The history of dog domestication is still under debate, but it is doubtless the process of an ancient partnership between dogs (Canis familiaris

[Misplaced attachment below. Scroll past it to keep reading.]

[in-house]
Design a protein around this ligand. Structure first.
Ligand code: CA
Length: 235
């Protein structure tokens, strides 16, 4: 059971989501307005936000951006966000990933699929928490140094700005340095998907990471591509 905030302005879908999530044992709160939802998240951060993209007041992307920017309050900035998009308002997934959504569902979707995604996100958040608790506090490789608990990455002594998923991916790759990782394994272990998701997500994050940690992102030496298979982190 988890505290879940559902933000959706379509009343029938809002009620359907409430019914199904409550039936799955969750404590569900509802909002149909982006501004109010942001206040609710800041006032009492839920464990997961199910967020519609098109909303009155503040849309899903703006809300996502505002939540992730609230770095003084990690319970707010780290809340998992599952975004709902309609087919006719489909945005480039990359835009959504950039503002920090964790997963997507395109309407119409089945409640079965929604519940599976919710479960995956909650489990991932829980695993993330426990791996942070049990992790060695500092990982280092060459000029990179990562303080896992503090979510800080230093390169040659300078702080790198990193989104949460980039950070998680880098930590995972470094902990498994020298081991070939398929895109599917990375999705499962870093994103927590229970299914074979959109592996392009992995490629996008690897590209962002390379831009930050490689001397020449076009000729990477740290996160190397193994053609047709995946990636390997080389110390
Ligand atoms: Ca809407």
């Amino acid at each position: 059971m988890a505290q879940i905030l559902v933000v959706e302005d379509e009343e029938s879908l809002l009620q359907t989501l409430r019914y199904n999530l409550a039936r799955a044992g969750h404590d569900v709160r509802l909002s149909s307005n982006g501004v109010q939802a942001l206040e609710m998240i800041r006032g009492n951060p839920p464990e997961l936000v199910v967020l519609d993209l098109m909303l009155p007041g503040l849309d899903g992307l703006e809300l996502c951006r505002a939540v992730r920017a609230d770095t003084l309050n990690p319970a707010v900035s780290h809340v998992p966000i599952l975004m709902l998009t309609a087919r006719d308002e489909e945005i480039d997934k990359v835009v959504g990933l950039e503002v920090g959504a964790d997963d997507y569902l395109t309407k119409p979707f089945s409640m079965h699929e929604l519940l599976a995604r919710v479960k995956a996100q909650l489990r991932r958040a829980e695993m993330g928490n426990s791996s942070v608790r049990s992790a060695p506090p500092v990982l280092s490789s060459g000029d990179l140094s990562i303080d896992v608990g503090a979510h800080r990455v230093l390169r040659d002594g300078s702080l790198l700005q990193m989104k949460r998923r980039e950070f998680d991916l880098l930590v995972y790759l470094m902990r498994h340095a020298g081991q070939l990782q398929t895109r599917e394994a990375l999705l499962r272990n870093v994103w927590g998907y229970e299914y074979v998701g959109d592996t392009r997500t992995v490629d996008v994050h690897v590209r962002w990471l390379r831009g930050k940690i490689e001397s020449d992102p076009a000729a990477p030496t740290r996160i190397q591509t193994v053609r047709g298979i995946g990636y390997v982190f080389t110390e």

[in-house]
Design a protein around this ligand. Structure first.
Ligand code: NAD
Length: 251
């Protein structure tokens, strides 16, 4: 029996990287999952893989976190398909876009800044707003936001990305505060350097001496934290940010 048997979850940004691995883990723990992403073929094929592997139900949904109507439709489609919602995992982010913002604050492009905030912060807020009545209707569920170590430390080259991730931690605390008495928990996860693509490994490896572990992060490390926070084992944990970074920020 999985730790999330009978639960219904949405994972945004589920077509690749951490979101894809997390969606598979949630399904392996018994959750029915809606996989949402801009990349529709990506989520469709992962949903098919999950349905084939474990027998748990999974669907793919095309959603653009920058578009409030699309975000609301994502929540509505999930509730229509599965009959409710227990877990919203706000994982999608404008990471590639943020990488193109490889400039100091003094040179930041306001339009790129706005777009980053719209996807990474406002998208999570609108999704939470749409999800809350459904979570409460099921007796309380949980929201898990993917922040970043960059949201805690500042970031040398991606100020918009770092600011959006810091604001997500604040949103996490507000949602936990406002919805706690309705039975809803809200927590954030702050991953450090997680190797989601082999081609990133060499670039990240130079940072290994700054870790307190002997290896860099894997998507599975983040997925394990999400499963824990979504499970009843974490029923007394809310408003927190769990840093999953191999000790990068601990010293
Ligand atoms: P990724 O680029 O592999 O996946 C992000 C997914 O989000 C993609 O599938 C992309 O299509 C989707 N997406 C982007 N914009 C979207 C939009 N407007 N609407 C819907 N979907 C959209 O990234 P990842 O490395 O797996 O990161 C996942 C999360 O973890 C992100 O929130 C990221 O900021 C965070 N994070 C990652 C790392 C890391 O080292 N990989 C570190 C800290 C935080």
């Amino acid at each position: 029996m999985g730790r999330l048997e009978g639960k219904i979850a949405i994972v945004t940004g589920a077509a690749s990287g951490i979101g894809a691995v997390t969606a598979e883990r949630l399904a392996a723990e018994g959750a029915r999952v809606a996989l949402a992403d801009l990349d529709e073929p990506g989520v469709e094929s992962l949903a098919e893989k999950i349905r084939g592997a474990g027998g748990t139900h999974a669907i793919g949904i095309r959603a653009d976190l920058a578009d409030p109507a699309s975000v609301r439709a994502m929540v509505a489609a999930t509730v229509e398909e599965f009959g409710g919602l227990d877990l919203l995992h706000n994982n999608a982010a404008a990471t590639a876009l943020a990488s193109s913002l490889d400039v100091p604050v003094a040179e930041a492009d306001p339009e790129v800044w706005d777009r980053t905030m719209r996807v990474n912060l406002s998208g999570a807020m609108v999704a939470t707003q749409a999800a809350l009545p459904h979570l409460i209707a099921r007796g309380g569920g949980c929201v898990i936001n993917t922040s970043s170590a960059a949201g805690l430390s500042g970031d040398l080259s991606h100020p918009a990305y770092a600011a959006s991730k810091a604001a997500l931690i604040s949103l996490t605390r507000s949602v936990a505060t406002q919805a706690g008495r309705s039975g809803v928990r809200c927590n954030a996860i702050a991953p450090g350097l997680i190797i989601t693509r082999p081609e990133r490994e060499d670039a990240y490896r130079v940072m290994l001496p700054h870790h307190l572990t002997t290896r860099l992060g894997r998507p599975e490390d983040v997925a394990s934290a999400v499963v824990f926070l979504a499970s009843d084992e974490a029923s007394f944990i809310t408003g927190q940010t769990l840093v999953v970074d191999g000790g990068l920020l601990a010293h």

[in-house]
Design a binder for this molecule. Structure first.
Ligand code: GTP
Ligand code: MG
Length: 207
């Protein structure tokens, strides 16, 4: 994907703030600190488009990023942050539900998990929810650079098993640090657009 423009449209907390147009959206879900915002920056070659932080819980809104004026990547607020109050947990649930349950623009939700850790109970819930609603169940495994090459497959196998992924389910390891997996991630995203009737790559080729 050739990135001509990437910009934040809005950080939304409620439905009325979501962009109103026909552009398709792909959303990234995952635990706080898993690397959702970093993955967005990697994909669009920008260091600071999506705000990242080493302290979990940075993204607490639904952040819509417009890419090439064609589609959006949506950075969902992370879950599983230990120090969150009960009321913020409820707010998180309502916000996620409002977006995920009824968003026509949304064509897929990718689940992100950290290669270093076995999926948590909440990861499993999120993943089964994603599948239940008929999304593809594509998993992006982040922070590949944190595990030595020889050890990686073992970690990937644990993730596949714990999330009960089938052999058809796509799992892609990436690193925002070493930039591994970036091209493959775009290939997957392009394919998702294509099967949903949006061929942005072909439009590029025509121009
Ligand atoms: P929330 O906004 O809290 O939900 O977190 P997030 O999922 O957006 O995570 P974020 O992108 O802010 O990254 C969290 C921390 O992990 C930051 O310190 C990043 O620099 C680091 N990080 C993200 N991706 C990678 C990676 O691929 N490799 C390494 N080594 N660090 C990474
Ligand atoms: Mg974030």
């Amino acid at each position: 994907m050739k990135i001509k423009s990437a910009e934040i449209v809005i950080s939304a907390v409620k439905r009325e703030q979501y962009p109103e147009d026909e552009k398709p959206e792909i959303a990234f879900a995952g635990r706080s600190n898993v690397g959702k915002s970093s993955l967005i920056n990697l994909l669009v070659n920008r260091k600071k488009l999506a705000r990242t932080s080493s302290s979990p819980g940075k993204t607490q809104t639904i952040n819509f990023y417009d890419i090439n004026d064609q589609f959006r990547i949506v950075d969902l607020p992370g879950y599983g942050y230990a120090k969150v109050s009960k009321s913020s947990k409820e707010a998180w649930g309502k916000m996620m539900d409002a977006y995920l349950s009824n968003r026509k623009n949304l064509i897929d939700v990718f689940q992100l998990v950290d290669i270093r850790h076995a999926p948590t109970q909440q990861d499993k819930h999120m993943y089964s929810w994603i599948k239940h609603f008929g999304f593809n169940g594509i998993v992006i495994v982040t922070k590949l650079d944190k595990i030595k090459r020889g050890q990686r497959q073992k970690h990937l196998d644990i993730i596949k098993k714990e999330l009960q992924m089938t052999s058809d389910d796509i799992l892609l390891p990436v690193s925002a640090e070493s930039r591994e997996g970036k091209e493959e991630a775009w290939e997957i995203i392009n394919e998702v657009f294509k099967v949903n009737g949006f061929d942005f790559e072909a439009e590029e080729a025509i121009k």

) and humans. Although data on ancient DNA for dog diversity are still incomplete, it is clear that several regional dog populations had formed in Eurasia up to the Holocene. During the Neolithic Revolution and the transition from hunter-gatherer to farmer societies, followed by civilization changes in the Antiquity period, the dog population structure also changed. This process was due to replacement with newly formed dog populations. In this study, we present for the first time mitochondrial data of ancient dog remains from the Early Neolithic (8000 years before present (BP)) to Late Antiquity (up to 3th century AD) from southeastern Europe (the Balkans). A total of 16 samples were analyzed, using the mitochondrial D-loop region (HVR1). The results show the presence of A (70%) and B (25%) clades throughout the Early and Late Neolithic Period. In order to clarify the position of our results within the ancient dog population in Eneolithic Eurasia, we performed phylogenetic analysis with the available genetic data sets. This data showed a similarity of the ancient Bulgarian dogs to Italian (A, B, and C clades) and Iberian (clades A and C) dogs’ populations. A clear border can be seen between southern European genetic dog structure, on the one hand, and on the other hand, central-western (clade C), eastern (clade D) and northern Europe (clades A and C). This corresponds to genetic data for European humans during the same period, without admixture between dog populations. Also, our data have shown the presence of clade B in ancient Eurasia. This is not unexpected, as the B haplogroup is widely distributed in extant Balkan dogs and wolves. The presence of this clade both in dogs and in wolves on the Balkans may be explained with hybridization events before the Neolithic period. The spreading of this clade across Europe, together with the A clade, is related to the possible dissemination of newly formed dog breeds from Ancient Greece, Thrace, and the Roman Empire.
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